I've been using Aperture on a 17" PowerBook, and my biggest challenge hasn't been performance, but disk space. Storing hundreds and hundreds of RAW files on a measly 80GB internal hard drive is insane. Even if I cleaned off my iTunes music, video clips, applications, documents, and the OS itself, I'd still run out of room. I had to find a solution, and fast. So, I did.
My approach was to carry with me a 80GB LaCie 80GB Portable External Hard Drive that was slim enough to fit unobtrusively in my laptop case. I then copied my Aperture Library on to the mobile drive and removed it from my PowerBook's internal disk (I recommend that you back up your Aperture Library to at least one other drive before deleting from your laptop). You can instruct Aperture to read the library on the mobile drive by going to its Preferences (Aperture > Preferences) and pointing the application to the new library location. You'll have to relaunch Aperture for the change to take effect.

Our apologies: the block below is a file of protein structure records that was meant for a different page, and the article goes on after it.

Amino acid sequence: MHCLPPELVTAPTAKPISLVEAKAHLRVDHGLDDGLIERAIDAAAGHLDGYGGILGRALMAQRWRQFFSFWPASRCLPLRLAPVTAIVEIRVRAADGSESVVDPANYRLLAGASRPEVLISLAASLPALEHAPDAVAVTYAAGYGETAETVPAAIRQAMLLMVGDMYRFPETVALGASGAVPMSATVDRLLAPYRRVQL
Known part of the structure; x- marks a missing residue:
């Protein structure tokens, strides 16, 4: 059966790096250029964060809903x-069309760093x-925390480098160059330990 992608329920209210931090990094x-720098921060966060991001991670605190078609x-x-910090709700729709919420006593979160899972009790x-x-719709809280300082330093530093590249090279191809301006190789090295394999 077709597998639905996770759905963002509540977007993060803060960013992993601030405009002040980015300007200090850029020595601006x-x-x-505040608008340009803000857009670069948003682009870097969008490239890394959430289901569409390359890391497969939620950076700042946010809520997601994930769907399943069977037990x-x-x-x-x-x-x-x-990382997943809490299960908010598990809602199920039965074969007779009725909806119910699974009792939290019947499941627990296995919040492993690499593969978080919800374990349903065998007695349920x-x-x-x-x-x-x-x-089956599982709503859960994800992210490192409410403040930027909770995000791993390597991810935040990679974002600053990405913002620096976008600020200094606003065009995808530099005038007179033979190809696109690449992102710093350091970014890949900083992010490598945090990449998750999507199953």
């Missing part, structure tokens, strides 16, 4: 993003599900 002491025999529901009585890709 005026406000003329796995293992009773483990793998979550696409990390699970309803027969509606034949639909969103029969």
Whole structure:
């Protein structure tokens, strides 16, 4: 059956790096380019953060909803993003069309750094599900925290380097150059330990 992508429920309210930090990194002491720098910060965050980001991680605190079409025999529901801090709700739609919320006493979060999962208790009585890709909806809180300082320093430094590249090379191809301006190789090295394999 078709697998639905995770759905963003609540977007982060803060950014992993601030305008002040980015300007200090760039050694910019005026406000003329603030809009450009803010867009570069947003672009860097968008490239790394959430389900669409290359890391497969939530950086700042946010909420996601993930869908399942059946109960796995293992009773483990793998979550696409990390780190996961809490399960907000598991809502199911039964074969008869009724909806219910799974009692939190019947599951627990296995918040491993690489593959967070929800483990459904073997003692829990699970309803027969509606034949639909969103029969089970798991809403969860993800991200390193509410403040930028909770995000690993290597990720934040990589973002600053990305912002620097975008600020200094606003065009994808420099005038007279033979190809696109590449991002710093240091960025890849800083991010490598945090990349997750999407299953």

OK, so now you've relieved the pressure off your internal drive, but you've also created an 80GB ball and chain that's necessary to run Aperture. Or is it? One of the lesser-know features of Aperture is the ability to drag and drop entire projects out of the master library. You can use this to your advantage while working on a big assignment. Drag a project out of your master library (from the mobile drive) to your laptop's internal drive. If it's a large project, this will take a minute or two to copy.
Now quit Aperture, disconnect the mobile drive, and relaunch Aperture. Since the designated Aperture library isn't available (it's on the disconnected mobile drive), Aperture will create a brand new library on your PowerBook internal drive. Simply drag your project into Projects column in Aperture, and you can continue working on it just as if it were in your master library. Once you've finished with the project, you can copy it back into your Master library on your mobile drive (replacing the older version of it).
There are variations of this technique, but this should get you headed in the right direction.